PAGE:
Stepper motors, due to their unique design, can be controlled to a high degree of accuracy without any feedback mechanisms. The shaft of a stepper, mounted with a series of magnets, is controlled by a series of electromagnetic coils that are charged positively and negatively in a specific sequence, precisely moving it forward or backward in small "steps".
There are two types of steppers, Unipolars and Bipolars, and it is very important to know which type you are working with. For each of the motors, there is a different circuit. The example code will control both kinds of motors. See the unipolar and bipolar motor schematics for information on how to wire up your motor.
In this example the motor will step one step at a time, very slowly. You can use this to test that you've got the four wires of your stepper wired to the correct pins. If wired correctly, all steps should be in the same direction. You may also use this sketch to count the number of steps that your motor does in one revolution.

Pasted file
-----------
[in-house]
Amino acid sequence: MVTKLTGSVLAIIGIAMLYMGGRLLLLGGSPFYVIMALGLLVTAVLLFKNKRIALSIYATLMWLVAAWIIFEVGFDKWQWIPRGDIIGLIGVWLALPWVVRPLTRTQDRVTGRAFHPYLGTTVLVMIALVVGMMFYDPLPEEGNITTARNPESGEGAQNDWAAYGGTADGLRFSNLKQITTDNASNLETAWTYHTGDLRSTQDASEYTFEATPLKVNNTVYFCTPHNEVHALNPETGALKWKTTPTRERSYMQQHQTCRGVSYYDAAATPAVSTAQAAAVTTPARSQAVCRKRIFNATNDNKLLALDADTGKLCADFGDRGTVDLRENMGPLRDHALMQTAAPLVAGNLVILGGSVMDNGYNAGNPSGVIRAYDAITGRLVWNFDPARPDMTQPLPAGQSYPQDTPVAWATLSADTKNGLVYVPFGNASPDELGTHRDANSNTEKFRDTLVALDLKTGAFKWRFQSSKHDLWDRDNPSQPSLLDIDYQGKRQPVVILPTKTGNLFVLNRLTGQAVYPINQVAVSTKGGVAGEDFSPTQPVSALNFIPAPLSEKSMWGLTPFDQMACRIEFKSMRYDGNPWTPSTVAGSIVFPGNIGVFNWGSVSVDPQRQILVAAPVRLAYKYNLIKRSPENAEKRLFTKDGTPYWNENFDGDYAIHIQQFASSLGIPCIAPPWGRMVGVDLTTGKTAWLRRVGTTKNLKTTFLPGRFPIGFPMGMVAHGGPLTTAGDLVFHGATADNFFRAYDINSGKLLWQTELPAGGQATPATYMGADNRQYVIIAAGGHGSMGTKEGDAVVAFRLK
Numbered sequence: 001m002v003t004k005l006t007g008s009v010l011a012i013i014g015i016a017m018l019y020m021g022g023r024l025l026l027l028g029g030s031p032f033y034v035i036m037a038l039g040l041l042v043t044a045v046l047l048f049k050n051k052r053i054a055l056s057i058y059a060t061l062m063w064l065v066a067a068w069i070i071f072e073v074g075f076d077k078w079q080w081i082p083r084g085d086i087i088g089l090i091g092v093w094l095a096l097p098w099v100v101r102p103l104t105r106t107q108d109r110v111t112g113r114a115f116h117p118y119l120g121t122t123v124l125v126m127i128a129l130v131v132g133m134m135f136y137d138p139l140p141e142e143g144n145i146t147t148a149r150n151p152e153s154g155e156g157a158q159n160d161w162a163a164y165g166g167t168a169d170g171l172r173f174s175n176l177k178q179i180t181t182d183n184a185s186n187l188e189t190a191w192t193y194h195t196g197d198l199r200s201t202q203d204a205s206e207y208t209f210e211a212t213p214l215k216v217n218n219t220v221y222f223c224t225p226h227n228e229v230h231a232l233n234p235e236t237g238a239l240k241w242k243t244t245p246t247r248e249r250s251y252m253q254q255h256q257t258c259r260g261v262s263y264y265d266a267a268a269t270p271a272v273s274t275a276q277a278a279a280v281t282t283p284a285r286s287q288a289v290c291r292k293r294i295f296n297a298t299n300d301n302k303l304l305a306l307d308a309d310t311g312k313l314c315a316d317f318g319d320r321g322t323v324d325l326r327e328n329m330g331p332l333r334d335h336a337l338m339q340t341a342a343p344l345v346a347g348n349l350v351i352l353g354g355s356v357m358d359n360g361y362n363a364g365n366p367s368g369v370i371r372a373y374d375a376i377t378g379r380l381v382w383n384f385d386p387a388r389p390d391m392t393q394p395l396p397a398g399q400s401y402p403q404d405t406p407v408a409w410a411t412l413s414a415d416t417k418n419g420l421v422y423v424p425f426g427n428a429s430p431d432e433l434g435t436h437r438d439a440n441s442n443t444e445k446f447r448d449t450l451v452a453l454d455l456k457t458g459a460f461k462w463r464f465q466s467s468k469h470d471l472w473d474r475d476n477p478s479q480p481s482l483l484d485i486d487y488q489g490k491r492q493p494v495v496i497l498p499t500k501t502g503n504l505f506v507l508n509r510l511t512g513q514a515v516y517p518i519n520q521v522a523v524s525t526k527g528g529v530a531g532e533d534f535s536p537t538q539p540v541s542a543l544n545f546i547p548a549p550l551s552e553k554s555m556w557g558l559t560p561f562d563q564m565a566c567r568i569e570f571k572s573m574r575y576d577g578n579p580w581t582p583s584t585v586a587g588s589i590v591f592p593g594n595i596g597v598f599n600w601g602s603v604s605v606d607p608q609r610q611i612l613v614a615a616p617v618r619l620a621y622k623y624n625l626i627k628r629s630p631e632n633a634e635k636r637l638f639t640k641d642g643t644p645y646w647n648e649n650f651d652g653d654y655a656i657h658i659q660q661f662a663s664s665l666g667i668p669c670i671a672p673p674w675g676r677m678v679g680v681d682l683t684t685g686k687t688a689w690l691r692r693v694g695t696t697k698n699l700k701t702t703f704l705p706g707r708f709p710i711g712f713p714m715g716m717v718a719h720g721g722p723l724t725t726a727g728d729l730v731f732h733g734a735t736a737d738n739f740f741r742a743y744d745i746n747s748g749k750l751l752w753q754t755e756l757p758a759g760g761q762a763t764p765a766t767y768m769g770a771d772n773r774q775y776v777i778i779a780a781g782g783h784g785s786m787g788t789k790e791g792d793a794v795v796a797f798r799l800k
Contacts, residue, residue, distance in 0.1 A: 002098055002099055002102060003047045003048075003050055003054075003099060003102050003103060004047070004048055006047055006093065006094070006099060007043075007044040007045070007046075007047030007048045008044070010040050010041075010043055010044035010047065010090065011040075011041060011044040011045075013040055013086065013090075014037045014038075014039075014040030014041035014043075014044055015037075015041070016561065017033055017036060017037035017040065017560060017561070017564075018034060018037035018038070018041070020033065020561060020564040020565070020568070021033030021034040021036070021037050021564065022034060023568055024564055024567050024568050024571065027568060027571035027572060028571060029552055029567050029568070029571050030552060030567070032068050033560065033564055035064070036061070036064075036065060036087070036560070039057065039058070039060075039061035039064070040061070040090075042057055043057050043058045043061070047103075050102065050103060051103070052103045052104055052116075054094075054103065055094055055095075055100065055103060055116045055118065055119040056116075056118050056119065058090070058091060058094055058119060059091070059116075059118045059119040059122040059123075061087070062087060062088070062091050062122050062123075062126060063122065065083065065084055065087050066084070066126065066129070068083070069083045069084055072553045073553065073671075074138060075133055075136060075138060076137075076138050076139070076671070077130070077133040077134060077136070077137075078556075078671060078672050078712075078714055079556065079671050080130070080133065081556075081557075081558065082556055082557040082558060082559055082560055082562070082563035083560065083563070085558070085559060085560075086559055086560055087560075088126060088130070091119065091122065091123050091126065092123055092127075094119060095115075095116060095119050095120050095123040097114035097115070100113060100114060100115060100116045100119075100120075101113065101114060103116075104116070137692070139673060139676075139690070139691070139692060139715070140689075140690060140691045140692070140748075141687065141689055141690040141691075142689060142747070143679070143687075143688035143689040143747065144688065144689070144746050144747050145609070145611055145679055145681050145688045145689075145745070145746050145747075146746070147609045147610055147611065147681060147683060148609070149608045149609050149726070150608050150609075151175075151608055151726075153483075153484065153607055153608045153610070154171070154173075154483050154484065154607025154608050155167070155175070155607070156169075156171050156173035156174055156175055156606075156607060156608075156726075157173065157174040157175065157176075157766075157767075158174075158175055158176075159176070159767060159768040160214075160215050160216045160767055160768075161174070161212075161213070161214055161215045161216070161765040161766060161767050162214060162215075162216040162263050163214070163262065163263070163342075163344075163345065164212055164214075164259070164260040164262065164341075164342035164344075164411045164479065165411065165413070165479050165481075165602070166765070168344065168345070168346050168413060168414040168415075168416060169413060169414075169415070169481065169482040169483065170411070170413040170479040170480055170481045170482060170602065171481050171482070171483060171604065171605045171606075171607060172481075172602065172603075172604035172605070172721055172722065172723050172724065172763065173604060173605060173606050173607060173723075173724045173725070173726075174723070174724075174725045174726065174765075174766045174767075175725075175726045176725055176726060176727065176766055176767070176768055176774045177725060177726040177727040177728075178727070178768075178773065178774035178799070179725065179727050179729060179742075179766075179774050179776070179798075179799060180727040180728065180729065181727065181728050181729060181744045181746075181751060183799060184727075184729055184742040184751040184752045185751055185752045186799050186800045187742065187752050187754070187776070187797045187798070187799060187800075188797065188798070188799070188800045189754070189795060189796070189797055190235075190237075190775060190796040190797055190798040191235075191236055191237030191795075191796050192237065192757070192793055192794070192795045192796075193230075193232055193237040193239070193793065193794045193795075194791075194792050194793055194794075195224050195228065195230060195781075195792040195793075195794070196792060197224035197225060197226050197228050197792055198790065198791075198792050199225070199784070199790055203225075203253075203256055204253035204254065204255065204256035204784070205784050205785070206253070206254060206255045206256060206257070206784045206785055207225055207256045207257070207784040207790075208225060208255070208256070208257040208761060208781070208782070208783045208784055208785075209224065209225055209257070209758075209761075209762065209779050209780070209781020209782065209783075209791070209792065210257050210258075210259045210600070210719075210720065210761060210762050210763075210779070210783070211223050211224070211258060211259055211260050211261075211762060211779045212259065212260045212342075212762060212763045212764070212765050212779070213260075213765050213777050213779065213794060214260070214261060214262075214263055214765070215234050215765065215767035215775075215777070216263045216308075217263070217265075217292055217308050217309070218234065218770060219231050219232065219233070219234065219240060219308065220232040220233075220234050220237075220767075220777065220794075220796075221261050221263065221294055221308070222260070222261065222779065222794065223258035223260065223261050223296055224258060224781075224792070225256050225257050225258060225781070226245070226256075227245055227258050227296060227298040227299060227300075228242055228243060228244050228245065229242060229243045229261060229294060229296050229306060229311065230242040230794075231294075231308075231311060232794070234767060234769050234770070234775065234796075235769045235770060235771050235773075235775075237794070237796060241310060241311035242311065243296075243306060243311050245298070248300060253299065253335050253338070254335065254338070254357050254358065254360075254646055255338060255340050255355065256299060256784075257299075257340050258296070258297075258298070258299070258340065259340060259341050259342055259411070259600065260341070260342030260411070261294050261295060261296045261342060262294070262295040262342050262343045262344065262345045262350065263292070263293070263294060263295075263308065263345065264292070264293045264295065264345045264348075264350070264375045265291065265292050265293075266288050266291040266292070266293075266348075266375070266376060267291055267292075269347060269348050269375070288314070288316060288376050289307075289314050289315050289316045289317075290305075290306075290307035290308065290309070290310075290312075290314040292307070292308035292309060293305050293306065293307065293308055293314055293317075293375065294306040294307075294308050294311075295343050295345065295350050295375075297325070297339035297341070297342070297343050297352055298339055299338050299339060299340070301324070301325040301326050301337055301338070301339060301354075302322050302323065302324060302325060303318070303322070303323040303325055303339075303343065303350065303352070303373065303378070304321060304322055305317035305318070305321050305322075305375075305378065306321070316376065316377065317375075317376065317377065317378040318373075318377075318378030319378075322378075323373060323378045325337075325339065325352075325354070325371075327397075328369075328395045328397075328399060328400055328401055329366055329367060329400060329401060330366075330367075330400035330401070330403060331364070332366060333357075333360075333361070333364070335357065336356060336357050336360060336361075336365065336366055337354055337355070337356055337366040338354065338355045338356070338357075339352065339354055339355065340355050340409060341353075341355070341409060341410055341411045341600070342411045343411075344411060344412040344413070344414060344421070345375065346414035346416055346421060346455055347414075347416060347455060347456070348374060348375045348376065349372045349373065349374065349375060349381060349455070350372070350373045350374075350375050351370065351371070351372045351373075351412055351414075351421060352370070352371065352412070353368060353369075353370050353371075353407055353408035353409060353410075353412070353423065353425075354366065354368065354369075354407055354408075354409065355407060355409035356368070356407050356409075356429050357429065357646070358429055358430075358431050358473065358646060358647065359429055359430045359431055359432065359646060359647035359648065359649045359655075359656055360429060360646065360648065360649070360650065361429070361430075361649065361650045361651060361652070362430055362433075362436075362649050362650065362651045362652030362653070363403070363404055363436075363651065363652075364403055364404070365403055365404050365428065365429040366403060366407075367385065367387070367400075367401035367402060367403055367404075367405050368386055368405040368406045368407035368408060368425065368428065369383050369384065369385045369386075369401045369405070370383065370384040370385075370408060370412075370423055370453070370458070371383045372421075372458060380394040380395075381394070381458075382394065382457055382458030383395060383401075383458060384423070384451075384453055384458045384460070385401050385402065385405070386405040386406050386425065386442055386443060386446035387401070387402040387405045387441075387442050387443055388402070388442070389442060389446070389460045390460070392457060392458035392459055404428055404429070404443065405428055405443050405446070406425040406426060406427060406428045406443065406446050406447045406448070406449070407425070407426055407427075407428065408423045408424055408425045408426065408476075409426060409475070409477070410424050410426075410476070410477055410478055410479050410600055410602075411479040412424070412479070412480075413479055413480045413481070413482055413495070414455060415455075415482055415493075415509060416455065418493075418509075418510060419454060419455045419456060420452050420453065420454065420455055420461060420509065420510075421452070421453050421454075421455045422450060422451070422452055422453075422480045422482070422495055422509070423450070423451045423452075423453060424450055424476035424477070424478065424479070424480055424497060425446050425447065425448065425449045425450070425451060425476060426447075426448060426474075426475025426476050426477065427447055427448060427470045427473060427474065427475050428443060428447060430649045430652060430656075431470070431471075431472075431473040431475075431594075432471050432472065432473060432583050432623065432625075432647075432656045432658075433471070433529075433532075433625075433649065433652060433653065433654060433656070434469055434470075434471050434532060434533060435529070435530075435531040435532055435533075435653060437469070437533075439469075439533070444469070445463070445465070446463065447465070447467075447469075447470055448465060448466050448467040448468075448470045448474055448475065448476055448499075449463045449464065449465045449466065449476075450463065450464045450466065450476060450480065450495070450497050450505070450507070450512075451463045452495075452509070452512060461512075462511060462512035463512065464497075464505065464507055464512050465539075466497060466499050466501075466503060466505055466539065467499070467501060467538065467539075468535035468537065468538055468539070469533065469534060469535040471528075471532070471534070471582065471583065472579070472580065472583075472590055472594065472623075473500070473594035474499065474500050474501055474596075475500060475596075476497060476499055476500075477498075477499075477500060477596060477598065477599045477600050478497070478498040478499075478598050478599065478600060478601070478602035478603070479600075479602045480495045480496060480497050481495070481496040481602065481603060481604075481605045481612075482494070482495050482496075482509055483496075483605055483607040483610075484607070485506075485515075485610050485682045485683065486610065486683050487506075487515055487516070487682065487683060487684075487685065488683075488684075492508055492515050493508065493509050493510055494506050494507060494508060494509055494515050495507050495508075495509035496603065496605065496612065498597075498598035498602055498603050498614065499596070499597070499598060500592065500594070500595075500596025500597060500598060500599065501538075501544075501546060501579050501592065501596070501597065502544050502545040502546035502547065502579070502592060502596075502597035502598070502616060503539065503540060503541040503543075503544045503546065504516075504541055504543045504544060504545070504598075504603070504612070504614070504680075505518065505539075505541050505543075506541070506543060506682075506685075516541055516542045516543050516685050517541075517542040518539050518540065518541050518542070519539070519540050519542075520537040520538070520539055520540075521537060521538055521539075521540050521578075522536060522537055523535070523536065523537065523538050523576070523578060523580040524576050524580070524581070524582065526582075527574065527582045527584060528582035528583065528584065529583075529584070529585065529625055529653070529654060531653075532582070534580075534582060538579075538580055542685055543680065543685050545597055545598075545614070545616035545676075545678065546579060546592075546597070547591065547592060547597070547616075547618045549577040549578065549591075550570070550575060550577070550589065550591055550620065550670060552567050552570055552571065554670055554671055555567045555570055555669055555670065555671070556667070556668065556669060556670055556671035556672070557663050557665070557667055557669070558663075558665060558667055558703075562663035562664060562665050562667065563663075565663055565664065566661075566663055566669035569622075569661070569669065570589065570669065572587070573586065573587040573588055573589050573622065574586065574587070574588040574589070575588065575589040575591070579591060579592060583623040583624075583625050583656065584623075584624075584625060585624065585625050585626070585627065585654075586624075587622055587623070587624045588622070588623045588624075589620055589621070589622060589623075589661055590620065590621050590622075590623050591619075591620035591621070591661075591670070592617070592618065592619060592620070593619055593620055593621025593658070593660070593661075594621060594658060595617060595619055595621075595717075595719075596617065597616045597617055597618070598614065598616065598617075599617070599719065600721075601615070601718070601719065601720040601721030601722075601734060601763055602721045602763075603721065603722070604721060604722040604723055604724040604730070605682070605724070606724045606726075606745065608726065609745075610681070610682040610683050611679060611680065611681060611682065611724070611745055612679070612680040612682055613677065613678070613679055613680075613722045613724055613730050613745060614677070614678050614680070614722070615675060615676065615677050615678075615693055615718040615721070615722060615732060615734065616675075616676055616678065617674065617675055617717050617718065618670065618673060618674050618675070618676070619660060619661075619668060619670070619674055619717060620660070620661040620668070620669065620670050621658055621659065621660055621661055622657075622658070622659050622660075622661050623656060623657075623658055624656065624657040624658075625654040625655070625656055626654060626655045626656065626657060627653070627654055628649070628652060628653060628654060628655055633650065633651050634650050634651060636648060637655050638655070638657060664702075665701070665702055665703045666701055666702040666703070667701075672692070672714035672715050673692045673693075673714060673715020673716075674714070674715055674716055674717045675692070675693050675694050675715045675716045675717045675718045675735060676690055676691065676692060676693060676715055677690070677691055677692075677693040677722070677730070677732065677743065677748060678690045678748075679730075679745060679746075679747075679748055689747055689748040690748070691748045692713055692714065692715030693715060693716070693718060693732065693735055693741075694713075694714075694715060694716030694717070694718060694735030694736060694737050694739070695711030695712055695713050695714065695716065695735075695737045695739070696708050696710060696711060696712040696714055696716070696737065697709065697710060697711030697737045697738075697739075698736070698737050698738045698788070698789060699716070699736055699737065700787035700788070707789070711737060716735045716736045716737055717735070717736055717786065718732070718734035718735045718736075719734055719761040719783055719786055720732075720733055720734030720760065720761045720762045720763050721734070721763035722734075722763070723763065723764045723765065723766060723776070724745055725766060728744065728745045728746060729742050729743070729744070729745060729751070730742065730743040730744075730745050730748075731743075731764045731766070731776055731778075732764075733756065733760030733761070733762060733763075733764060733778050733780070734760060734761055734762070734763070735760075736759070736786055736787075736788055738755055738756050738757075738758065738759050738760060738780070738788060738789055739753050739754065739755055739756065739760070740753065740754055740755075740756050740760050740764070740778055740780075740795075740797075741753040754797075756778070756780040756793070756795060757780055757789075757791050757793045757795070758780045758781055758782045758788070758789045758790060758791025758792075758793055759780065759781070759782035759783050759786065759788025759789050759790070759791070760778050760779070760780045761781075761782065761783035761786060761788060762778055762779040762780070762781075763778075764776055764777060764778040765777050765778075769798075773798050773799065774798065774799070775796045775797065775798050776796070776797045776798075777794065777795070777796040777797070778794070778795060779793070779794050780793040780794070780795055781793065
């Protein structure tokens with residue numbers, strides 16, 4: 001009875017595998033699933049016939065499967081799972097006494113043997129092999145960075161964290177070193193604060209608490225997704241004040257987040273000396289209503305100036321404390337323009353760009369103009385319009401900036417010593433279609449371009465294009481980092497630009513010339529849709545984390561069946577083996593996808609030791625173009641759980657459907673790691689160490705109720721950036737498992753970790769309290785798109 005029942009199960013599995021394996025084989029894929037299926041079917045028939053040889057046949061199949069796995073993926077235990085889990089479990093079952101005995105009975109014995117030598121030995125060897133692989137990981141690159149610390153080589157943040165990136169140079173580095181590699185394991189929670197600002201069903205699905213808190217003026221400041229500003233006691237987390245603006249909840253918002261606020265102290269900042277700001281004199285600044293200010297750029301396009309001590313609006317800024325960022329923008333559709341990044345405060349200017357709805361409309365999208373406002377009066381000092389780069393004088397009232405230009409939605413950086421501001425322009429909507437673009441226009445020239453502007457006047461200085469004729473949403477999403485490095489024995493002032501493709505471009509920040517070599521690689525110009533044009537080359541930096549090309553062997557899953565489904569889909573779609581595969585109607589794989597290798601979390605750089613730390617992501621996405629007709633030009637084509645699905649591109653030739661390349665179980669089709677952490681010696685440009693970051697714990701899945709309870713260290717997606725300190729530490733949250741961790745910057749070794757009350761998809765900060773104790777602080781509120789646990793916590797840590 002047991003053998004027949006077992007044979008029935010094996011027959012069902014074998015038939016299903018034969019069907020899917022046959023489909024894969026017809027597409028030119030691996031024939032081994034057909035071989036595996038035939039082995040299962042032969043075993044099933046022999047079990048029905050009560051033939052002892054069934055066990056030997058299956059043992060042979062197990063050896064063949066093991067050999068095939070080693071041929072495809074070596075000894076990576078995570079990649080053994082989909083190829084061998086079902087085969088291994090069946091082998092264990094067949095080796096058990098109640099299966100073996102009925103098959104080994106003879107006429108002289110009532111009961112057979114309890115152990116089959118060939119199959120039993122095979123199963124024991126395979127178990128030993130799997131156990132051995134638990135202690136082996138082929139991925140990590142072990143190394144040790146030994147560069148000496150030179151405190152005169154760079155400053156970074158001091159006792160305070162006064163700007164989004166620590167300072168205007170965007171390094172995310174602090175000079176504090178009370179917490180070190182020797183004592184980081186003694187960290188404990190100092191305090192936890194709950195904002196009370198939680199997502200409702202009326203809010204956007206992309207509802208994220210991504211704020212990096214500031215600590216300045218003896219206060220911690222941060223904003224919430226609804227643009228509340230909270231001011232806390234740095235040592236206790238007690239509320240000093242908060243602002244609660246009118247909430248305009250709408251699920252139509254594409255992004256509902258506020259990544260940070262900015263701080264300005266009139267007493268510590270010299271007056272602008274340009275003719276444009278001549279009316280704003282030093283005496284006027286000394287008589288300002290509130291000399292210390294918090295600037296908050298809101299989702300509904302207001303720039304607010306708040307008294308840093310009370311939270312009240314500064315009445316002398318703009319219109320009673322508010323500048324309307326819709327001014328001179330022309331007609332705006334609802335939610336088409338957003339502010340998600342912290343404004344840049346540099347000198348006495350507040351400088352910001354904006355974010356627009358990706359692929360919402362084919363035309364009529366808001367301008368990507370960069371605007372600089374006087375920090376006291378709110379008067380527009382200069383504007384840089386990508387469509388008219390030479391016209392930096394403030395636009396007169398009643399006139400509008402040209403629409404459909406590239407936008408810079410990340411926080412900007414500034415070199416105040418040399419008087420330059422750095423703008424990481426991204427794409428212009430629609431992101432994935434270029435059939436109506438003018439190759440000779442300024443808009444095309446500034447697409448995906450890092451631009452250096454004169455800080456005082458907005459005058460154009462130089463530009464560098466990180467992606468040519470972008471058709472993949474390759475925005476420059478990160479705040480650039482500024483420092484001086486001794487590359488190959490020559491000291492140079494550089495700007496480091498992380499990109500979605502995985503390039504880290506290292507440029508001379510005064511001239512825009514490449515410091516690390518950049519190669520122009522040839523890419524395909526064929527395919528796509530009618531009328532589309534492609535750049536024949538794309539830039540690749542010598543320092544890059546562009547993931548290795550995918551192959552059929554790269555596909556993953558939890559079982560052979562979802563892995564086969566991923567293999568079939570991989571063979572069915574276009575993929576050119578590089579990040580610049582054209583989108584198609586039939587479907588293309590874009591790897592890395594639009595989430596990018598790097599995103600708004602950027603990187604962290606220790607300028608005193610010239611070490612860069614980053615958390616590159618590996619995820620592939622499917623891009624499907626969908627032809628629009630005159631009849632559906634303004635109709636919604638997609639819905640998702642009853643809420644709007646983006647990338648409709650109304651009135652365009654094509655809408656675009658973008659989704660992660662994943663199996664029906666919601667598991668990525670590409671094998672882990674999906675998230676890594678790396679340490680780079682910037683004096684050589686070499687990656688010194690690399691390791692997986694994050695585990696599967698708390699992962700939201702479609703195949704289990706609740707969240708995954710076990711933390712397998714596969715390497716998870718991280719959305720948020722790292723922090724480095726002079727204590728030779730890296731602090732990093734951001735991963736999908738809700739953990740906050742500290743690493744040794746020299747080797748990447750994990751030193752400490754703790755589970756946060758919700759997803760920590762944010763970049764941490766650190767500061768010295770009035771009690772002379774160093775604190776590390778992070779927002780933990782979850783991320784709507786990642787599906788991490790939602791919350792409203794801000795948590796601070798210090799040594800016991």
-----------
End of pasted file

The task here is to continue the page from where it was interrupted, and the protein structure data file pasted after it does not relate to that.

The stepper is controlled by with digital pins 8, 9, 10, and 11 for either unipolar or bipolar motors. The Arduino or Genuino board will connect to a U2004 Darlington Array if you're using a unipolar stepper or a SN754410NE H-Bridge if you have a bipolar motor.
For more information about the differences of the two types, please take a look at Tom Igoe's page on stepper motors.
Below you'll find circuits for both unipolar and bipolar steppers. In either case, it is best to power your stepper motors from an external supply, as they draw too much to be powered directly from your Arduino or Genuino board.
Note: Both circuits below are four wire configurations. Two wire configurations will not work with the code provided.
For both unipolar and bipolar steppers